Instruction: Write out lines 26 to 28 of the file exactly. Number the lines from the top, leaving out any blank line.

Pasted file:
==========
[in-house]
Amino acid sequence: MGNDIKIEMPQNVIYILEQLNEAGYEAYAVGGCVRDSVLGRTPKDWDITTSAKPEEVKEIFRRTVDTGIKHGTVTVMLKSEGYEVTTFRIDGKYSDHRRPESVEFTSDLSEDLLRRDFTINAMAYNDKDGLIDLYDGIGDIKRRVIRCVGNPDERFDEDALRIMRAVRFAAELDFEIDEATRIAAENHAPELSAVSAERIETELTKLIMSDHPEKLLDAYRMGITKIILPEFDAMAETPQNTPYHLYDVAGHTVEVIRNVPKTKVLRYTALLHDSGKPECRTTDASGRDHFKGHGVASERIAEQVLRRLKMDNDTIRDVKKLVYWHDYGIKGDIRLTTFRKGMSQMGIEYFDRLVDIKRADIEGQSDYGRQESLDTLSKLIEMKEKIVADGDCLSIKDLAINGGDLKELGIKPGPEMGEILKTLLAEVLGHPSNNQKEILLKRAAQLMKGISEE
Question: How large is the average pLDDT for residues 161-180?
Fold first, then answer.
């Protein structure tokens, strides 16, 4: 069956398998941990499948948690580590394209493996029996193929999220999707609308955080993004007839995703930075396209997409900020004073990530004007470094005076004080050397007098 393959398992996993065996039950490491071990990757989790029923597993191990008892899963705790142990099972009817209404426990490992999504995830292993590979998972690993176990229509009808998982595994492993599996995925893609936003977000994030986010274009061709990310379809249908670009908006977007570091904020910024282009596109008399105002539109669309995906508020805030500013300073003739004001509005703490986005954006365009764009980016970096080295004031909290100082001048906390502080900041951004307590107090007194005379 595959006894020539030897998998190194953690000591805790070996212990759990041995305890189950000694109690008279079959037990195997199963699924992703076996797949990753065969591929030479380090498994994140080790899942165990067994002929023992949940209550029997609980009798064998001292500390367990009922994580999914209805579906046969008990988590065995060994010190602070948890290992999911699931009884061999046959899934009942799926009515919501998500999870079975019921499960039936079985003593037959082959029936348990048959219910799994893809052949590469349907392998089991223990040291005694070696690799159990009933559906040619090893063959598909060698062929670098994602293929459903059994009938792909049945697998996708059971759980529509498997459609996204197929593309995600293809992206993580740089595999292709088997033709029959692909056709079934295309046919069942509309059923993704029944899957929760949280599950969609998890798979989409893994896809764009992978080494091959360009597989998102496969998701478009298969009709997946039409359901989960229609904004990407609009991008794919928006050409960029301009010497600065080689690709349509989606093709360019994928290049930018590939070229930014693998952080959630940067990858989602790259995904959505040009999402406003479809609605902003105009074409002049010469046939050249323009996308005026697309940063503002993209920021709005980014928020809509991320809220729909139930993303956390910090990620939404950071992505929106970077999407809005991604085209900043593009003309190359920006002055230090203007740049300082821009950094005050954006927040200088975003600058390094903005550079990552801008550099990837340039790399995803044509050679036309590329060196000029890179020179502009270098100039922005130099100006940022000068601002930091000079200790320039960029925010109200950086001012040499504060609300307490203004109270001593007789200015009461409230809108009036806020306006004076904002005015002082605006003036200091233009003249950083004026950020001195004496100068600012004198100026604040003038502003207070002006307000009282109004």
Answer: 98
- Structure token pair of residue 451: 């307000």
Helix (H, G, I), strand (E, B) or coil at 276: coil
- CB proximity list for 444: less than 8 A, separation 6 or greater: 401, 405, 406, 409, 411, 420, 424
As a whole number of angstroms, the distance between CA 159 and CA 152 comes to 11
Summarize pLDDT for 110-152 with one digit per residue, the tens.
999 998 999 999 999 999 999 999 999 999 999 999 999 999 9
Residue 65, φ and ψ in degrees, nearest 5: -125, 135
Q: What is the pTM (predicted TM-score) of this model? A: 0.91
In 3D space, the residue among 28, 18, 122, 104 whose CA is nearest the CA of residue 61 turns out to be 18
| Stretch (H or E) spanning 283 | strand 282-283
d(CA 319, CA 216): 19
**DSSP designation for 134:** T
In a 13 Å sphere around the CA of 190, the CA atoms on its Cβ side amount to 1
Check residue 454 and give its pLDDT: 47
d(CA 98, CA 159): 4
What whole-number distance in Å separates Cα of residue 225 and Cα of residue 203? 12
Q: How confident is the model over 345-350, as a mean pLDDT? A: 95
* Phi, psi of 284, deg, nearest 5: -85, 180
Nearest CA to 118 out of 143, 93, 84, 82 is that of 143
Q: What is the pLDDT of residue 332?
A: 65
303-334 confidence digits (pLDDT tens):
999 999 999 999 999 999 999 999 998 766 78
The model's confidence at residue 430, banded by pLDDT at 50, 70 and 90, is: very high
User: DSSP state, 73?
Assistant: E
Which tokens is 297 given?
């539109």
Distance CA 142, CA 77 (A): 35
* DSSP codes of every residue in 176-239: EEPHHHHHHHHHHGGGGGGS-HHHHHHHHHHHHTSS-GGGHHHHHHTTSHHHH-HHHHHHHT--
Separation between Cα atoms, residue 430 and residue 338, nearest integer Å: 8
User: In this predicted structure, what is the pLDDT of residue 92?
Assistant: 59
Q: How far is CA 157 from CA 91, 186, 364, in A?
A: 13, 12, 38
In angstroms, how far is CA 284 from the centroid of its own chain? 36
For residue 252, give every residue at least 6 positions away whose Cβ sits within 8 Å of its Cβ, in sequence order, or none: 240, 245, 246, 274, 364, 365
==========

Q: What is the pLDDT of residue 332?
A: 65
303-334 confidence digits (pLDDT tens):